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Methadone maintenance treatment modalities in relation to incidence of HIV: results of the Amsterdam cohort study

Langendam, Miranda W.a; van Brussel, Giel H.A.b; Coutinho, Roel A.a,c; van Ameijden, Erik J.C.a

Epidemiology and Social: Original Papers

Study objective: To evaluate methadone maintenance treatment modalities, prescribed within the concept of harm reduction, in relation to incidence of HIV infection among drug users with a history of methadone treatment in Amsterdam, The Netherlands.

Design: Prospective observational cohort study among 582 HIV-negative drug users. To ensure valid and detailed assessment of methadone treatment, data from the Central Methadone Register in Amsterdam were linked to the Amsterdam cohort study among drug users.

Methods: Poisson regression analysis was used to identify independent and significant predictors of incidence of HIV.

Main results: During 1906 person years, 58 drug users seroconverted, the overall incidence of HIV being 3.0 per 100 person years with a declining trend for current injectors. An increase in frequency of methadone programme attendance [relative risk (RR), 2.4; 95% confidence interval (CI), 1.2-4.6, compared with no change] and increase in methadone dosage (RR, 0.8; 95% CI, 0.6-1.0, per category of change of 10 mg/day) were significantly associated with incidence of HIV in multivariate analysis. Methadone dosage and frequency of programme attendance in itself were not significant predictors. Other multivariate significant risk factors were homelessness, current injecting and in-patient hospital care.

Conclusions: Among drug users who receive methadone maintenance treatment in a harm-reduction setting, which includes ancillary services such as needle-exchange programmes and HIV testing and counselling, prescription of high methadone dosages is not sufficient to stop the spread of HIV. However, an individual increase of the methadone dosage and measures to achieve high treatment retention could contribute to the prevention of HIV among drug users.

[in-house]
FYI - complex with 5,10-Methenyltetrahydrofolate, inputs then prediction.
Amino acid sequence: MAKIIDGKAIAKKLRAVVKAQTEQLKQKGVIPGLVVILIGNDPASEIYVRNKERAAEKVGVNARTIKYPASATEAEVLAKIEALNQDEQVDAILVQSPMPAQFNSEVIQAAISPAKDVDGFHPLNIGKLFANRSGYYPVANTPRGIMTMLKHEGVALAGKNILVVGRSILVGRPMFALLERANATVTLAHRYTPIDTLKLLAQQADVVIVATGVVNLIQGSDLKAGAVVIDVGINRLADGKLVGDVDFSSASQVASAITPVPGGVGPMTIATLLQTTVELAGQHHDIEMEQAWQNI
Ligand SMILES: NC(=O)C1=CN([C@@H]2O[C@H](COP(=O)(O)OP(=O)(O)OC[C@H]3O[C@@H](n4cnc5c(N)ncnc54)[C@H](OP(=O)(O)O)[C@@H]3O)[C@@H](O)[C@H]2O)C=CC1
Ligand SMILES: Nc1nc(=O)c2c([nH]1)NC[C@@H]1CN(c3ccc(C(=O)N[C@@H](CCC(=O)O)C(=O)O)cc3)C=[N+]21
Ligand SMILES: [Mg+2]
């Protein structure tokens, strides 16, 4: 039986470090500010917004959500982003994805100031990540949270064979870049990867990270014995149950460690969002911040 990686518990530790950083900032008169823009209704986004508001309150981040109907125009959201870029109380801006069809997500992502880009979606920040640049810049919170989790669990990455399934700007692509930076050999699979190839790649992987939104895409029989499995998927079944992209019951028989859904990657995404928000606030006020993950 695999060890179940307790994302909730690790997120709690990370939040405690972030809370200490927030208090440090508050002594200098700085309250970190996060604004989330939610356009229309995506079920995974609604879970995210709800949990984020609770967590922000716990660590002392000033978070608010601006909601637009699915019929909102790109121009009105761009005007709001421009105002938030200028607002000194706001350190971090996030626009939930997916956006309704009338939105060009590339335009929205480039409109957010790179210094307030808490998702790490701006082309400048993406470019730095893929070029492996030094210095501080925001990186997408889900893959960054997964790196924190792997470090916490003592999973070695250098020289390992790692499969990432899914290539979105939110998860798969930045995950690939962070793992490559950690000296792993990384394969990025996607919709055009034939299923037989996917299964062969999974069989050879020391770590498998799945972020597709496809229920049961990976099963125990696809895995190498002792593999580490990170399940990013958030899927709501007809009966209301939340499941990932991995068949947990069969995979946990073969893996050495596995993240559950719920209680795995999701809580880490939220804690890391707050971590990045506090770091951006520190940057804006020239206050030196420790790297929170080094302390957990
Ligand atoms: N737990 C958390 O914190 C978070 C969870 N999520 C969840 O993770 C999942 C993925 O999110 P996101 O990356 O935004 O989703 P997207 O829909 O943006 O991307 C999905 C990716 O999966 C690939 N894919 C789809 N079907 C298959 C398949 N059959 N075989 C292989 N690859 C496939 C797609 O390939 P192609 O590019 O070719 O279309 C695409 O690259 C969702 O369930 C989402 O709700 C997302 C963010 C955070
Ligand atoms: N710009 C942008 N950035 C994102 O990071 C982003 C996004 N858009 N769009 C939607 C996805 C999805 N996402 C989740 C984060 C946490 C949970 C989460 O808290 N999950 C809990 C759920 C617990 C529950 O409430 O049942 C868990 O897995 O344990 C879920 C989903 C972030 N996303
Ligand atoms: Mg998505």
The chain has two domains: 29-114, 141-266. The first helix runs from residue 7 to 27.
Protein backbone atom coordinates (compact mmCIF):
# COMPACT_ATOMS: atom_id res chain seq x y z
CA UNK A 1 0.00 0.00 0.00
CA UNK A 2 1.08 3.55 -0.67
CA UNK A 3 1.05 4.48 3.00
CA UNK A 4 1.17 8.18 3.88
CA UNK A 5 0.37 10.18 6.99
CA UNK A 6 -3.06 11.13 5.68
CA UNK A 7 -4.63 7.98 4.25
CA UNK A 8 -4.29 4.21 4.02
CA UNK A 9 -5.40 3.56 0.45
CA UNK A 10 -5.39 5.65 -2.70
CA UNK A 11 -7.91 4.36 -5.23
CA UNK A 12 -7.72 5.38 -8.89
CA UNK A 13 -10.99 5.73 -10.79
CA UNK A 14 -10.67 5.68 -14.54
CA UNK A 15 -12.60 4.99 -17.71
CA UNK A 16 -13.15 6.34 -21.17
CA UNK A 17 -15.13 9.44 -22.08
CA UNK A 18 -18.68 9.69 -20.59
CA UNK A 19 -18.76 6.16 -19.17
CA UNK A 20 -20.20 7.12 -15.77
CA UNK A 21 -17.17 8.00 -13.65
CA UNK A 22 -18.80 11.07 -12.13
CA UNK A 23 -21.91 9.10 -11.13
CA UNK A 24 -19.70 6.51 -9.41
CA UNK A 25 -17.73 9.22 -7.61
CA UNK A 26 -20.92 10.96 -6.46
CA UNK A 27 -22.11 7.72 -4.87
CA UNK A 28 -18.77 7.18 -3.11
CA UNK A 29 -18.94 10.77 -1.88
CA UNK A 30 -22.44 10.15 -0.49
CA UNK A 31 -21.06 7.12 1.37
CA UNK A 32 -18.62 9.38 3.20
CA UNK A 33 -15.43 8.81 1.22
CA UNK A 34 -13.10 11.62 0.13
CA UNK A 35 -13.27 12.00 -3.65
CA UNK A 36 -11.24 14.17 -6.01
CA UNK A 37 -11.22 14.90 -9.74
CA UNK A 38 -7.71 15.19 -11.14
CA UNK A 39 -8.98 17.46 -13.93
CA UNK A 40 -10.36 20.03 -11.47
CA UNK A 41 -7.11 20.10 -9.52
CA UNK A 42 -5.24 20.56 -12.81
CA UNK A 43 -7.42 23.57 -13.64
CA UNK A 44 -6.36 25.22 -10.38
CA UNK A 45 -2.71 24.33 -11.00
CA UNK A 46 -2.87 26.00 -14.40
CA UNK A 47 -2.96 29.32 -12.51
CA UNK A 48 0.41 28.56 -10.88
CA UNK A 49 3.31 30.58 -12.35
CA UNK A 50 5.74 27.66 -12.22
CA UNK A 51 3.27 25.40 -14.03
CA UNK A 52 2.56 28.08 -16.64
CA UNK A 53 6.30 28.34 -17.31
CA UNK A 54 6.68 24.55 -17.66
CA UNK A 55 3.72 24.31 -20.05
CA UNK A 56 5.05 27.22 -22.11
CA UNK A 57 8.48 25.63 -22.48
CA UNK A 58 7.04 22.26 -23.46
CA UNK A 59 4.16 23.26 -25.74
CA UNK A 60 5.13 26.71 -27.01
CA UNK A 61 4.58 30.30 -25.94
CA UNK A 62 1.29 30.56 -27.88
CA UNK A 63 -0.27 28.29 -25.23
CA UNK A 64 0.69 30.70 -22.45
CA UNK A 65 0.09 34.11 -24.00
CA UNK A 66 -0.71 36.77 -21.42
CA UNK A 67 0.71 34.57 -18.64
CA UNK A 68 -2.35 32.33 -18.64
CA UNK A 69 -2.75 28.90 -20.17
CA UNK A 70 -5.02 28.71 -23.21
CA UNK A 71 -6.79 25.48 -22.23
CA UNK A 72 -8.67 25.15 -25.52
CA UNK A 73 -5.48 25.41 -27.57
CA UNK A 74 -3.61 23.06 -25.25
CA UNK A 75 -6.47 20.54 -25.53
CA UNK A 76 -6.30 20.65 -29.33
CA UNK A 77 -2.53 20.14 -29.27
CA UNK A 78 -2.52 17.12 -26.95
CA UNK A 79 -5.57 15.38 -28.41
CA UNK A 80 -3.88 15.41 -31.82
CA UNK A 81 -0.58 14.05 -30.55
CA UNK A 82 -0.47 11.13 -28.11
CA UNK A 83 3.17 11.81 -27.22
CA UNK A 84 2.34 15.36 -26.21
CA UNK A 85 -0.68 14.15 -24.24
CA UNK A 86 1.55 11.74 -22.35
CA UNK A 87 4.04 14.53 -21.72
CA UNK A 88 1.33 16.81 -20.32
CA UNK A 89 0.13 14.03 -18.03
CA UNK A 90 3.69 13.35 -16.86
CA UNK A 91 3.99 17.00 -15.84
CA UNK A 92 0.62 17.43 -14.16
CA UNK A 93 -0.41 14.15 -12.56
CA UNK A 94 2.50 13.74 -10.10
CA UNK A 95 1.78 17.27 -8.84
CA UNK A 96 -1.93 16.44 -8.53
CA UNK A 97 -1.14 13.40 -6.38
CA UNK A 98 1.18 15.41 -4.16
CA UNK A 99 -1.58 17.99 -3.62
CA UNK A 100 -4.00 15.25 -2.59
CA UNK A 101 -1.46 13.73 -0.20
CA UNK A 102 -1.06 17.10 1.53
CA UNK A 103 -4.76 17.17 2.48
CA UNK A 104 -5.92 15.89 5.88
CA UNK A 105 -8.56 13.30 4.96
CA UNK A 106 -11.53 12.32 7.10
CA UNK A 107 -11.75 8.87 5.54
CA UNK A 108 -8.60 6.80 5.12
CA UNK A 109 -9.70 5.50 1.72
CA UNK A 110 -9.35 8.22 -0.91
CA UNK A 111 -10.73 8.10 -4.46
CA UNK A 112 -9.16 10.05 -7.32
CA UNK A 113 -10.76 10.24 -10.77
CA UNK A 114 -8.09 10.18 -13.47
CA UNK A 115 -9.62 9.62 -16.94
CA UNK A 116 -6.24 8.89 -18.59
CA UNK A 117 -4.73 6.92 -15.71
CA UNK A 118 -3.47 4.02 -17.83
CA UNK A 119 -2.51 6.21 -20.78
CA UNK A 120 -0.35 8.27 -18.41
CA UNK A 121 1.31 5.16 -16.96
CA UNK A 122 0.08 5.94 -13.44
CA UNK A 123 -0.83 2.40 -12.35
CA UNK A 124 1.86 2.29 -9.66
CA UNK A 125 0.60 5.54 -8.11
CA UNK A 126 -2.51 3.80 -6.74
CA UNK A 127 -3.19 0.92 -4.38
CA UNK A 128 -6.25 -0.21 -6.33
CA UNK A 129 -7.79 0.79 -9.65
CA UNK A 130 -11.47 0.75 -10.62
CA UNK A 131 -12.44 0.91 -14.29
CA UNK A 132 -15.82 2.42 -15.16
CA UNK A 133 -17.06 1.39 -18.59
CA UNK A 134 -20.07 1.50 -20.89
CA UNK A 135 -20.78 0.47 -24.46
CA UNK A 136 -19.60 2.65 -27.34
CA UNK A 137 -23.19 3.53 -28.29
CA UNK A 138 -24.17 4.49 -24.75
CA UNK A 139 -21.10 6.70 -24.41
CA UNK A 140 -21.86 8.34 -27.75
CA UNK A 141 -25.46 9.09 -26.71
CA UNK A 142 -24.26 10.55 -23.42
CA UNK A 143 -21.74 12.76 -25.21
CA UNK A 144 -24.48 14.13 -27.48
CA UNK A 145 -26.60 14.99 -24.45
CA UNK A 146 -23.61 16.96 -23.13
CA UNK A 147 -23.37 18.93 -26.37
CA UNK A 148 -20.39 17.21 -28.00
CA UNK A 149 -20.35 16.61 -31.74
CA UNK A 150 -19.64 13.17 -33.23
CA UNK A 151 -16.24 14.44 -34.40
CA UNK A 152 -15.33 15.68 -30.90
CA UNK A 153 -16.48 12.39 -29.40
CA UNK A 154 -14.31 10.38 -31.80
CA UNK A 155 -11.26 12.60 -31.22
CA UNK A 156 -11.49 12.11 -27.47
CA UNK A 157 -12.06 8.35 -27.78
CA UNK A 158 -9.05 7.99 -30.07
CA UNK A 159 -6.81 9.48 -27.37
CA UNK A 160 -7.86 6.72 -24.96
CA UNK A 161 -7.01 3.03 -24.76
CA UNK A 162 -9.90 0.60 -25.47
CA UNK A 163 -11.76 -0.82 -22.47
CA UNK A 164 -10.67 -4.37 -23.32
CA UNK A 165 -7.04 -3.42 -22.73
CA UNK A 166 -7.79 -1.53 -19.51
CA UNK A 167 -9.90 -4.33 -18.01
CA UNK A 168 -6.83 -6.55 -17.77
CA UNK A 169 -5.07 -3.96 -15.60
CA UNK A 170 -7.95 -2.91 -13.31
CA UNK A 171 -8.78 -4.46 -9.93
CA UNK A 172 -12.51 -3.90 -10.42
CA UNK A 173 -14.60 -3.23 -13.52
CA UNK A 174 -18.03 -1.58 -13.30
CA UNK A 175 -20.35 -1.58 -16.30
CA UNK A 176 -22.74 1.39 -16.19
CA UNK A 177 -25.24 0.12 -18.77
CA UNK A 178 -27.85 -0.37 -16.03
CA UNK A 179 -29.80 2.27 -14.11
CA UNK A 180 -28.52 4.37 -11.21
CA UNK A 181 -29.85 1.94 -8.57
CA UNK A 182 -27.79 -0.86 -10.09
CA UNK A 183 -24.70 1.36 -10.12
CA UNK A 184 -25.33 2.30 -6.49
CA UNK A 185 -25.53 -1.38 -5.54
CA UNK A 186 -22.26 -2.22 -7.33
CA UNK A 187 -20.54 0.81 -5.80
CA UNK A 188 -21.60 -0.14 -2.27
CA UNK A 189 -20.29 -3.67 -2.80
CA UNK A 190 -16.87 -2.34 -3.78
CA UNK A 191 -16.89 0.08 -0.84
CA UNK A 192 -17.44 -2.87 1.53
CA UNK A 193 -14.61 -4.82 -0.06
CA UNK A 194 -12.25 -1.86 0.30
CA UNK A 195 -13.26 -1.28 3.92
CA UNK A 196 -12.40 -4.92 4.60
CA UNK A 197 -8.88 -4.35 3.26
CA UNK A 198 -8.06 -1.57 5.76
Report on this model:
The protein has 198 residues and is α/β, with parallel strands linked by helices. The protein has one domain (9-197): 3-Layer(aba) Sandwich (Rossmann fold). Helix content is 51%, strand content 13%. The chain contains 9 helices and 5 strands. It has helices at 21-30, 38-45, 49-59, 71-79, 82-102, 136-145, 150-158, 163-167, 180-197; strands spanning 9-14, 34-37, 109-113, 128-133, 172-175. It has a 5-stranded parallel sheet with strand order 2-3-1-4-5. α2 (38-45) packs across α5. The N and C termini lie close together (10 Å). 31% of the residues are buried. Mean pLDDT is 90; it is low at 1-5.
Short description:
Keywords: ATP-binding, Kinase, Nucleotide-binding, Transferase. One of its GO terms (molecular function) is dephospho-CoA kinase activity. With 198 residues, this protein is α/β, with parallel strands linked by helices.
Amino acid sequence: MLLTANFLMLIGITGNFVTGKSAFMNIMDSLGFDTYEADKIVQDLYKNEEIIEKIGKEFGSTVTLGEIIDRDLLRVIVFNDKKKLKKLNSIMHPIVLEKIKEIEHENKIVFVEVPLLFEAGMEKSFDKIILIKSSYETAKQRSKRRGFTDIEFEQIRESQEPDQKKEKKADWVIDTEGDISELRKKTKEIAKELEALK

From the aDivision of Public Health and Environment and bDivision of Mental Health / Drug Department, Municipal Health Service and the cDepartment of Human Retrovirology, Academic Medical Centre, University of Amsterdam, Amsterdam, The Netherlands.

Sponsorship: This research was supported by the Netherlands Foundation for Preventive Medicine (grants no. 28-2370 and 1004) as part of the Stimulation Program on AIDS research of the Dutch Program Committee for AIDS Research (PccAo).

Note: This study was performed as part of the Amsterdam Cohort Studies on AIDS, a collaboration between the Municipal Health Service, the Academic Medical Centre and the Central Laboratory of the Netherlands Red Cross Blood Transfusion Service, Amsterdam, The Netherlands.

Correspondence to M.W. Langendam, MSc, Division of Public Health and Environment, Municipal Health Service, Nieuwe Achtergracht 100, 1018 WT Amsterdam, The Netherlands.Tel.: (31) 20 555 5231; fax: (31) 20 555 5533, e-mail: mlangendam@gggd.amsterdam.nl

Received: 1 February 1999; revised: 7 May 1999; accepted: 20 May 1999.

© 1999 Lippincott Williams & Wilkins, Inc.